“It’s important to understand that immigrants or people who speak a second language are an asset,” Fariña said. She called bilingual education “a gift that I think all schools should have.”

Included in the expansion are the city’s first dual language pre-K programs in Bengali and Russian, which will open in Jamaica, Queens, and the Upper West Side, Manhattan, respectively. The other additions will build on programs in Spanish, Mandarin and Italian. Every borough is represented in the expansion, with 11 new programs in Manhattan, nine in Brooklyn, six in Queens, five in the Bronx, and two on Staten Island.

In the dual-language model, students split their time between instruction in English and another language. At P.S. 20 Anna Silver, where the recent expansion was announced, pre-K students start the morning in English and transition to Mandarin after nap time. Experts say the model works best when the class includes an equal mix of students who are proficient in each language so they can learn from each other as well as the teacher, though it can often be difficult to strike that balance.

Officials and some advocates view dual-language programs as a tool for integration by drawing middle-class families eager to have their children speak two languages into neighborhood schools that they otherwise may not have considered. Research has shown that New York City’s pre-K classrooms tend to be more segregated than kindergarten. In one in six pre-K classrooms, more than 90 percent of students are from a single racial or ethnic background. That’s compared with one in eight kindergarten classrooms, according to a 2016 report by The Century Foundation.

Sharon Stapel, a mother from Brooklyn, said she knew early on that she wanted her daughter to learn another language and strike relationships across cultures. So she travels to the Lower East Side with her four-year-old, Finch, to attend the Mandarin dual-language pre-K program at P.S. 20 Anna Silver. On Wednesday, the city announced it will add a Spanish dual language program at the school.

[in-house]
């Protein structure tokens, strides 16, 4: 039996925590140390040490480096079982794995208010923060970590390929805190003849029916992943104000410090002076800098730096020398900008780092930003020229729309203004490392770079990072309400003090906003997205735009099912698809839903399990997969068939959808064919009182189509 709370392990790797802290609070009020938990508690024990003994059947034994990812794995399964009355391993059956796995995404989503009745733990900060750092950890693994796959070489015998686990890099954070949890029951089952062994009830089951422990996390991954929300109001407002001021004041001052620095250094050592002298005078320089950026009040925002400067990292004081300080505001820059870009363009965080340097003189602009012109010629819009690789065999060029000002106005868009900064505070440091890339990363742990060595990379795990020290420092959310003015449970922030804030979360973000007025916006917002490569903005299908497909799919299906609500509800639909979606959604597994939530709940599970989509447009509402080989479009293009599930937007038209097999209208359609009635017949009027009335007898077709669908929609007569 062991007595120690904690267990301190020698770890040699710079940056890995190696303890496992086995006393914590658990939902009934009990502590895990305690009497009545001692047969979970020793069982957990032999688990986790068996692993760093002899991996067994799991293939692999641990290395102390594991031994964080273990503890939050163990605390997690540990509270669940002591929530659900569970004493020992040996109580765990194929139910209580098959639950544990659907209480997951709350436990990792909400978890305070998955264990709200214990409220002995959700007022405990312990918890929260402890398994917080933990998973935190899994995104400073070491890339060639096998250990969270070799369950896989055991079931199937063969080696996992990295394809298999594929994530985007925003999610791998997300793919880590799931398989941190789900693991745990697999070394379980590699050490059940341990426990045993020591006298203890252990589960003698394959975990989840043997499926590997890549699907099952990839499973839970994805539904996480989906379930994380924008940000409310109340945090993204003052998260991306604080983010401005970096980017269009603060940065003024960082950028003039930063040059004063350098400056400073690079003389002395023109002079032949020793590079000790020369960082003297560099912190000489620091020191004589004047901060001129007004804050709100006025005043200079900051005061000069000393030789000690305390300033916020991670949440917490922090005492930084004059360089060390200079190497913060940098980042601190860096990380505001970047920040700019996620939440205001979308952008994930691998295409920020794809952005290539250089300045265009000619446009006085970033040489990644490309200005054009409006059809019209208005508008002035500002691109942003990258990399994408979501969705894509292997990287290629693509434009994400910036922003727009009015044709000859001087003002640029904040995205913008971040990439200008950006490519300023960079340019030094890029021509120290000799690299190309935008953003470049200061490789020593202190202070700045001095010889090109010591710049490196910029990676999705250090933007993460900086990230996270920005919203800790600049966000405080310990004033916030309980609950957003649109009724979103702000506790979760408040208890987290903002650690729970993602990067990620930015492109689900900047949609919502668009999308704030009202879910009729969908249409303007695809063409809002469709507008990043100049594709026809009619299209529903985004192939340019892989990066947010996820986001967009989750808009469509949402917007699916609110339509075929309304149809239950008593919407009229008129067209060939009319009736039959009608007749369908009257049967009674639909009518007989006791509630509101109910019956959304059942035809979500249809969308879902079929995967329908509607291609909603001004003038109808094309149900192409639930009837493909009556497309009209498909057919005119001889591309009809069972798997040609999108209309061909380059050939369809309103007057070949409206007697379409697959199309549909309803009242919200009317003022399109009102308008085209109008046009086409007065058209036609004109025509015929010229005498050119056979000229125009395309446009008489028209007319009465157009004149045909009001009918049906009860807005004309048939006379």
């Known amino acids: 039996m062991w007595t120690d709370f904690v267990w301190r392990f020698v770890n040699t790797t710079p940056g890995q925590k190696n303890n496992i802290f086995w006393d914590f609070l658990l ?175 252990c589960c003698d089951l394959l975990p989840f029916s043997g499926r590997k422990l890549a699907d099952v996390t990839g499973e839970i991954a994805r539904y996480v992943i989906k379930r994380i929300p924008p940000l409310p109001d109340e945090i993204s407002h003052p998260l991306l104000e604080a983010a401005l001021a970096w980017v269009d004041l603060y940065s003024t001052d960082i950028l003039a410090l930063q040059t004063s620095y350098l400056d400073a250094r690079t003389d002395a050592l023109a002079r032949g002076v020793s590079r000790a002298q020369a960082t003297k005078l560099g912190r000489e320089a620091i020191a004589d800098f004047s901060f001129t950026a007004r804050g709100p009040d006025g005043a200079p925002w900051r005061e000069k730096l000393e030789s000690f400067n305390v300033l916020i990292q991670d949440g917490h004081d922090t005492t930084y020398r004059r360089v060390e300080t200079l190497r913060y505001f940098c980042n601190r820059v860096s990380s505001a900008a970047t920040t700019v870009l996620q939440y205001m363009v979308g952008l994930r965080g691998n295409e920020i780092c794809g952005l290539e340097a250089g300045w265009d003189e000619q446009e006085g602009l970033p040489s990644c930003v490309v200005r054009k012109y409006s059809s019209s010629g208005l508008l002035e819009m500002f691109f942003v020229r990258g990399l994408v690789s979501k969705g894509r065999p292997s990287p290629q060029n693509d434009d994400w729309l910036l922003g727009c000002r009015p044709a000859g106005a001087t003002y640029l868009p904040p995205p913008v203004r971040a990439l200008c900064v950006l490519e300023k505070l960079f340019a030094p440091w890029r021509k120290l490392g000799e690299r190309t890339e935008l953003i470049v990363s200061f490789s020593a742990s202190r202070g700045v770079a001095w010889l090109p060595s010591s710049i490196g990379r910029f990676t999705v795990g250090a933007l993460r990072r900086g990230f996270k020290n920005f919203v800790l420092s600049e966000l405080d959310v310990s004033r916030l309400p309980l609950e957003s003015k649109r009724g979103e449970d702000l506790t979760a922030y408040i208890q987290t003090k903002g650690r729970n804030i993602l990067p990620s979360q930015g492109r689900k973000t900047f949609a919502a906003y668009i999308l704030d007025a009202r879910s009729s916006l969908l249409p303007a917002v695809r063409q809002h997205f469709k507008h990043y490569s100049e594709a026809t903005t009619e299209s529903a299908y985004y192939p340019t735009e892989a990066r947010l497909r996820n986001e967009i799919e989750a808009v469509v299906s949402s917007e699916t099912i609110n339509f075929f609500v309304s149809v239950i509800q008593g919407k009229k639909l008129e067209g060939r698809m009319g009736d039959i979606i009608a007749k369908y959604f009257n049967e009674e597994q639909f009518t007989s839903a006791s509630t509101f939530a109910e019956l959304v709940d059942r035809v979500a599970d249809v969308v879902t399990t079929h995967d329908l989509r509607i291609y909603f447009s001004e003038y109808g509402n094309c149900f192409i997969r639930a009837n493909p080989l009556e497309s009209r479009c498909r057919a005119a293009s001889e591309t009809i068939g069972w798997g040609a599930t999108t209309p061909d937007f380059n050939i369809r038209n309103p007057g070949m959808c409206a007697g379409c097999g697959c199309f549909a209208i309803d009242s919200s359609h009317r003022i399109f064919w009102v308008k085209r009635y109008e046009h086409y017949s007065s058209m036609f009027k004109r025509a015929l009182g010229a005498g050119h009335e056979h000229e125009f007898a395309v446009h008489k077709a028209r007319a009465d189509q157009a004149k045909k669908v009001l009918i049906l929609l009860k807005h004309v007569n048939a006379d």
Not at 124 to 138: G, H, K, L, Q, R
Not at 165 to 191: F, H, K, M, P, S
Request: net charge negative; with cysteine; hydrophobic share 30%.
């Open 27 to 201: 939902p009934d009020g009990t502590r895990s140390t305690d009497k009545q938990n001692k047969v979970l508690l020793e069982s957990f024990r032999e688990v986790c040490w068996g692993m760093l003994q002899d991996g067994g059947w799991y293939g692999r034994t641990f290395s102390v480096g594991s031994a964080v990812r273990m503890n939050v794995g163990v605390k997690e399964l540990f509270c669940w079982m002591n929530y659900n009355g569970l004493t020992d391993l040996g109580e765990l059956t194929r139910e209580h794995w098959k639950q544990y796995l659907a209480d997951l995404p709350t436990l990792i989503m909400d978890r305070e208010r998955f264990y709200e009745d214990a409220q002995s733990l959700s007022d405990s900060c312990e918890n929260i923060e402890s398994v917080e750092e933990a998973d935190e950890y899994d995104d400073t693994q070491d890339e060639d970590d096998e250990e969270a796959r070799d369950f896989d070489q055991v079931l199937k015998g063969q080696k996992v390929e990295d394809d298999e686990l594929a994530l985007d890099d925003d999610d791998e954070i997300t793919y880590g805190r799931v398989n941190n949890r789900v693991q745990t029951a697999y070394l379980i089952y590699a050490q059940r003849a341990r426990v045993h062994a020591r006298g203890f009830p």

“We really see it as how you build community with your neighbors and your friends,” Stapel said. “It was also an opportunity for Finch to become involved and engage in the cultures and in the differences that she could see in the classrooms — and really celebrate that difference.”

Citywide, about 13 percent of students are learning English as a new language. That number does not include pre-K since the state does not have a way to identify students’ language status before kindergarten. However, based on census data, it is estimated that 30 percent of three- and four-year-olds in New York are English learners.

Dual-language programs can benefit students who are still learning English — more so than English-only instruction. Nationally and in New York City, students who are learning English are less likely to pass standardized tests and graduate from high school. In one study, students who enrolled in dual-language courses in kindergarten gained the equivalent of one year of reading instruction by eighth grade, compared with their peers who received English-only instruction.

The city has been under pressure to improve outcomes for English learners. Under the previous administration, New York City was placed on a state “corrective action plan” that required the education department to open 125 new bilingual programs by 2013. Though the city fell short of that goal, the current administration has agreed to place every English learner in a bilingual program by the 2018-19 school year.

Among the greatest barriers to achieving that is finding qualified teachers, Fariña said. In some cases, it can be hard to find teachers who are fluent in the target language. In others, teachers who are native in a foreign language may only be certified in their home country, and it can be hard to transfer that certification to New York.

In order to open an Urdu program recently, Fariña said, the teacher, who holds a degree from another country, went through Teaching Fellows, an alternative certification program that usually caters to career-changers or recent college grads.